Kate Mechan and Laird Herbert want to give Whitehorse’s most hard-to-house population a place to live.
A lack of affordable housing has left many in Whitehorse without shelter, particularly people with addictions and mental health issues, they say.
Some couch surf while others sleep for months at a time at the Salvation Army shelter or on the street.
Many have been kicked out of the few rental apartments that will take them.
After they’ve burned their bridges with landlords and non-profits they have no where left to go.
Mechan and Herbert want to offer them another option.
They plan to build a 20-room supported apartment complex in downtown Whitehorse.
The building will feature around-the-clock staff and access to counselling, addictions services and life skills.
And unlike the city’s detox centre, residents won’t have to be sober to enter the building.
“Tenants are allowed to do whatever they want in their rooms as long as it’s safe,” said Herbert.
“We’re not forcing them to do anything so they can live there.”
However, common areas in the building will be dry, meaning alcohol and drugs won’t be allowed.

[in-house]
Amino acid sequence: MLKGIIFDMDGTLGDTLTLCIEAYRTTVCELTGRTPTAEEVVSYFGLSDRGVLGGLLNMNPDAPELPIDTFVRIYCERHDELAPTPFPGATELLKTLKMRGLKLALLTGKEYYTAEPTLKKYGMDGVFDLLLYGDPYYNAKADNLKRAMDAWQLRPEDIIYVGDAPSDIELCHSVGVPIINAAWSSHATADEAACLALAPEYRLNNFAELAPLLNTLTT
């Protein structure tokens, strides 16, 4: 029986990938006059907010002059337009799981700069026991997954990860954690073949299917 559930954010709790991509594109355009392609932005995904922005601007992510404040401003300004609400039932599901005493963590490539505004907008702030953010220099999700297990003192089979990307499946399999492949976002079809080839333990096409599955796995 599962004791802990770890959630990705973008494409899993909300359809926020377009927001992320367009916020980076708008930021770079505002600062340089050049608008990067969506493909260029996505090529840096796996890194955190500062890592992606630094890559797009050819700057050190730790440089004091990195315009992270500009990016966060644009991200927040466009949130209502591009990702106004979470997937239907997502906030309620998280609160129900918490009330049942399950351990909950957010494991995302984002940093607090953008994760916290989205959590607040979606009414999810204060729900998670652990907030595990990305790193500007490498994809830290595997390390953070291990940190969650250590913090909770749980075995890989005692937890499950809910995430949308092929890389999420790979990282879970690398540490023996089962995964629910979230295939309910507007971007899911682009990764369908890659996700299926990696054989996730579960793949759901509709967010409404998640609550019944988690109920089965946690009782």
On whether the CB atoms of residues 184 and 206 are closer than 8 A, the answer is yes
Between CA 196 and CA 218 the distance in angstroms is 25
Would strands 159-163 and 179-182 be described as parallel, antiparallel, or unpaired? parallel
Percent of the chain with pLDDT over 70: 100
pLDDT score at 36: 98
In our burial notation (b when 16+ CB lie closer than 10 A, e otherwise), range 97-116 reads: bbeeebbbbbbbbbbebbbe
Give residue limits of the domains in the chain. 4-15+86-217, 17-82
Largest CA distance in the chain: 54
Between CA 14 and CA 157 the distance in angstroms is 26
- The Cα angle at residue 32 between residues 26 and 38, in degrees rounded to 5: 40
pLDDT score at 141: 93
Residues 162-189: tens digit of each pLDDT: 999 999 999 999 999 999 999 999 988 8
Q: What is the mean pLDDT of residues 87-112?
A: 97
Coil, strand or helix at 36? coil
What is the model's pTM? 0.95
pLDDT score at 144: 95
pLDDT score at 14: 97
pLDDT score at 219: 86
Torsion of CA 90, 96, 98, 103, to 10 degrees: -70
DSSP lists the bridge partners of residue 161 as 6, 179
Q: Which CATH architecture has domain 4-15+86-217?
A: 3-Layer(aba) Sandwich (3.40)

Nothing like it exists in Whitehorse now, said Mechan.
Similar models exist all over North America, including Yellowknife, Vancouver and Toronto, she said.
The duo formed a working group last November to draw up a design for the building and look for funding sources.
Since then the Northern City Supportive Housing Coalition has found a location with the necessary zoning, secured in-kind support from eight different non-profits and drawn up a solid business plan.
They’ve already received $10,000 in seed funding from the Canada Mortgage and Housing Corporation.
Friday they meet with the Yukon Housing Corporation to discuss a $900,000 grant through Ottawa’s affordable housing initiative.
If that money is secured, it will pay for half of the building costs. The remainder will come from a bank mortgage that tenants will pay back through their monthly rent.
The coalition promises apartment rentals won’t exceed $501 each month, the maximum limit given to people on social assistance.
The group is still scoping out funds to pay the almost $250,000 needed each year to pay for onsite staff.
Monday, Mechan and Herbert appeared at city council to request a partnership with the city.
They’re hoping the city will knock off yearly taxes for the building and help raise support for the housing project.
The presentation was well received by councillors.
“(The housing crisis) has been an issue for years in Whitehorse,” said councillor Ranj Pillai.
“I give applause to these guys on this one. This is fantastic work.”
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